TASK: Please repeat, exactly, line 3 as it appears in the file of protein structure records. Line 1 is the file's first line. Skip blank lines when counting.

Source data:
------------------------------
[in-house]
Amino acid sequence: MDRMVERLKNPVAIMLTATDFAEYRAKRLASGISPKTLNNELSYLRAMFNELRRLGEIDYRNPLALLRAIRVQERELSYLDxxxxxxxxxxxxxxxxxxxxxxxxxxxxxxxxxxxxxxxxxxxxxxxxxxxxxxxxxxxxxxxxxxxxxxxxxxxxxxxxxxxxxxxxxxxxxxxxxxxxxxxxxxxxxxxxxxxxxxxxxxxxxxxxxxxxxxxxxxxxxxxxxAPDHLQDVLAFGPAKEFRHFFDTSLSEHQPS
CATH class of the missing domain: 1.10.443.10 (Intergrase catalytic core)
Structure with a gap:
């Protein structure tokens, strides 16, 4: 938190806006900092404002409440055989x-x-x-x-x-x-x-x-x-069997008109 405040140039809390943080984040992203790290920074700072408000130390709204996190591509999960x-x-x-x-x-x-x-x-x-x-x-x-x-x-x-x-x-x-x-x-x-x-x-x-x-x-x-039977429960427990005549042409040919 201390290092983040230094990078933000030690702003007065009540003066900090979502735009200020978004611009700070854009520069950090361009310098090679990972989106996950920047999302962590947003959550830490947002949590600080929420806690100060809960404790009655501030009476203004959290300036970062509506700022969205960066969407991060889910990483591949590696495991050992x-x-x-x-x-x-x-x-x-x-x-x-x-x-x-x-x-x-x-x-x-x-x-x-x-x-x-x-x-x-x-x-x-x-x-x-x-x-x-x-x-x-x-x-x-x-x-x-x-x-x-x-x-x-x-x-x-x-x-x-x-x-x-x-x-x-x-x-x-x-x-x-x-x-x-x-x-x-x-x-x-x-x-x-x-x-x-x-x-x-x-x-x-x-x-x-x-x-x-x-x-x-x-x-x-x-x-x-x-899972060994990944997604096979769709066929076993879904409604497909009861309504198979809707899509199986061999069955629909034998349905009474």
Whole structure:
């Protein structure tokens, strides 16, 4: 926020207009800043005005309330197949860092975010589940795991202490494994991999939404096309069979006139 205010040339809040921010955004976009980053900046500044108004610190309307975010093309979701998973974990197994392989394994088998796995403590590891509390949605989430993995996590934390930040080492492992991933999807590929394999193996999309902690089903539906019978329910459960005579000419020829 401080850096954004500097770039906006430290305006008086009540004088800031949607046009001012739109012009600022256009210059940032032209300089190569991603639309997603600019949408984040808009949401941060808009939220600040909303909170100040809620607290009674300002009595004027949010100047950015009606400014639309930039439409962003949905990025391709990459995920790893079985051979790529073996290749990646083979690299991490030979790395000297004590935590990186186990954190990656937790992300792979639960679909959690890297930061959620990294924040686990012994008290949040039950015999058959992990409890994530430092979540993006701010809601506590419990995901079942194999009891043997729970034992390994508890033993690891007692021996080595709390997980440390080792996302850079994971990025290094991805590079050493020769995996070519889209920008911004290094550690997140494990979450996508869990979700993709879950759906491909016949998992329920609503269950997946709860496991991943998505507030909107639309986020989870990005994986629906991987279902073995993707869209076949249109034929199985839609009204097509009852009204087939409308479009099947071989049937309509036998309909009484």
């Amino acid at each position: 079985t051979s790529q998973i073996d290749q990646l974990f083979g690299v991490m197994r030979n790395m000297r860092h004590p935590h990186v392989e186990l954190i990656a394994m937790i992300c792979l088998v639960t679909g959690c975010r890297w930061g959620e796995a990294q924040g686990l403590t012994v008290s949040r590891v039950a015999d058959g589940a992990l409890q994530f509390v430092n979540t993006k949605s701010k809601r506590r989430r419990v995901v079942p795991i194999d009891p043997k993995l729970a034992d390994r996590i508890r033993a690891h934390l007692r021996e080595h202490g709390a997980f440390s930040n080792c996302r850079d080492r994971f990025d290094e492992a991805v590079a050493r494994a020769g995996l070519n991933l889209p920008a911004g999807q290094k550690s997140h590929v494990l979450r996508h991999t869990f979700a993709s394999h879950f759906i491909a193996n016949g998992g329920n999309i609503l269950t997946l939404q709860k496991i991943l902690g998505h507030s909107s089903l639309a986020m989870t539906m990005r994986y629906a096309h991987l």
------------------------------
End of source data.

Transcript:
CATH class of the missing domain: 1.10.443.10 (Intergrase catalytic core)